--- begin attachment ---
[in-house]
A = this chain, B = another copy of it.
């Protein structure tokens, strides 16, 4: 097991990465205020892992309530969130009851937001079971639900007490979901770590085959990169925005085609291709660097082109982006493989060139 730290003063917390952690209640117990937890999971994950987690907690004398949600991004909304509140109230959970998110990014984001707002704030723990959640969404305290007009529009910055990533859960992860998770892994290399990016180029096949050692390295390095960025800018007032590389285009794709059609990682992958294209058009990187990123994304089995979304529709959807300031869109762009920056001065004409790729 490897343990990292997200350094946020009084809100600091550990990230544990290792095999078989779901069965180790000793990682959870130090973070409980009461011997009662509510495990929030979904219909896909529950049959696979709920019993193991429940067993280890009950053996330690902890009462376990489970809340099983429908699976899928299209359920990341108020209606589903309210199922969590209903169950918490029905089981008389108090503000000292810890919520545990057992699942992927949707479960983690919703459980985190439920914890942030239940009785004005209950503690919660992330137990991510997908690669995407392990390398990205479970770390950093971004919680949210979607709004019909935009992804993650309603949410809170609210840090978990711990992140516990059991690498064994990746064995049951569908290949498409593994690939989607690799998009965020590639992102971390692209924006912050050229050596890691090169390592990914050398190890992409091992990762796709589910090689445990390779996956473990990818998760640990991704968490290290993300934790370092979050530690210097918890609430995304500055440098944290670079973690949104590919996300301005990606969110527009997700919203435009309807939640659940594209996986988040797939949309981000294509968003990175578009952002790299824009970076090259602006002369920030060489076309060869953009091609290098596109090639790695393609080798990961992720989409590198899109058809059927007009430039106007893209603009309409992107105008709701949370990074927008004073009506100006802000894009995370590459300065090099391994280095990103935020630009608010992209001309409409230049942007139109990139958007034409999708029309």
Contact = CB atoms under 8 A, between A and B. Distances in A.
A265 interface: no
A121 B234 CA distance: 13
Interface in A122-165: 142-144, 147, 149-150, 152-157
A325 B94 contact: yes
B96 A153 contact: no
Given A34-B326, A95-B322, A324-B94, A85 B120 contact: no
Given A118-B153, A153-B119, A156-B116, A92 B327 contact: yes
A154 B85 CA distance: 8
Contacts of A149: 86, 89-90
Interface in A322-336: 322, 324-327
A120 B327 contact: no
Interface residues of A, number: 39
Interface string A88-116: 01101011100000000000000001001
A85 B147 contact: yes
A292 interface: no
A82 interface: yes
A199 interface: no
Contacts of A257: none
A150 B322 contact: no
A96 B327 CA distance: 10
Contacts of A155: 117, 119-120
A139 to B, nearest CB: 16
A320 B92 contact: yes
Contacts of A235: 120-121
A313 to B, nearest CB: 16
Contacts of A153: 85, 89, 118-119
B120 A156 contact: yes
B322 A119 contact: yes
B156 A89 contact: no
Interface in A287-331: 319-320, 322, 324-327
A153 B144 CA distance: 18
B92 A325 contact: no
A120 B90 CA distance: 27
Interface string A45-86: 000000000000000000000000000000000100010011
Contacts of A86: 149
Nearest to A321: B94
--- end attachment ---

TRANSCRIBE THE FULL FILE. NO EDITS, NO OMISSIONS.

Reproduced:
[in-house]
A = this chain, B = another copy of it.
């Protein structure tokens, strides 16, 4: 097991990465205020892992309530969130009851937001079971639900007490979901770590085959990169925005085609291709660097082109982006493989060139 730290003063917390952690209640117990937890999971994950987690907690004398949600991004909304509140109230959970998110990014984001707002704030723990959640969404305290007009529009910055990533859960992860998770892994290399990016180029096949050692390295390095960025800018007032590389285009794709059609990682992958294209058009990187990123994304089995979304529709959807300031869109762009920056001065004409790729 490897343990990292997200350094946020009084809100600091550990990230544990290792095999078989779901069965180790000793990682959870130090973070409980009461011997009662509510495990929030979904219909896909529950049959696979709920019993193991429940067993280890009950053996330690902890009462376990489970809340099983429908699976899928299209359920990341108020209606589903309210199922969590209903169950918490029905089981008389108090503000000292810890919520545990057992699942992927949707479960983690919703459980985190439920914890942030239940009785004005209950503690919660992330137990991510997908690669995407392990390398990205479970770390950093971004919680949210979607709004019909935009992804993650309603949410809170609210840090978990711990992140516990059991690498064994990746064995049951569908290949498409593994690939989607690799998009965020590639992102971390692209924006912050050229050596890691090169390592990914050398190890992409091992990762796709589910090689445990390779996956473990990818998760640990991704968490290290993300934790370092979050530690210097918890609430995304500055440098944290670079973690949104590919996300301005990606969110527009997700919203435009309807939640659940594209996986988040797939949309981000294509968003990175578009952002790299824009970076090259602006002369920030060489076309060869953009091609290098596109090639790695393609080798990961992720989409590198899109058809059927007009430039106007893209603009309409992107105008709701949370990074927008004073009506100006802000894009995370590459300065090099391994280095990103935020630009608010992209001309409409230049942007139109990139958007034409999708029309």
Contact = CB atoms under 8 A, between A and B. Distances in A.
A265 interface: no
A121 B234 CA distance: 13
Interface in A122-165: 142-144, 147, 149-150, 152-157
A325 B94 contact: yes
B96 A153 contact: no
Given A34-B326, A95-B322, A324-B94, A85 B120 contact: no
Given A118-B153, A153-B119, A156-B116, A92 B327 contact: yes
A154 B85 CA distance: 8
Contacts of A149: 86, 89-90
Interface in A322-336: 322, 324-327
A120 B327 contact: no
Interface residues of A, number: 39
Interface string A88-116: 01101011100000000000000001001
A85 B147 contact: yes
A292 interface: no
A82 interface: yes
A199 interface: no
Contacts of A257: none
A150 B322 contact: no
A96 B327 CA distance: 10
Contacts of A155: 117, 119-120
A139 to B, nearest CB: 16
A320 B92 contact: yes
Contacts of A235: 120-121
A313 to B, nearest CB: 16
Contacts of A153: 85, 89, 118-119
B120 A156 contact: yes
B322 A119 contact: yes
B156 A89 contact: no
Interface in A287-331: 319-320, 322, 324-327
A153 B144 CA distance: 18
B92 A325 contact: no
A120 B90 CA distance: 27
Interface string A45-86: 000000000000000000000000000000000100010011
Contacts of A86: 149
Nearest to A321: B94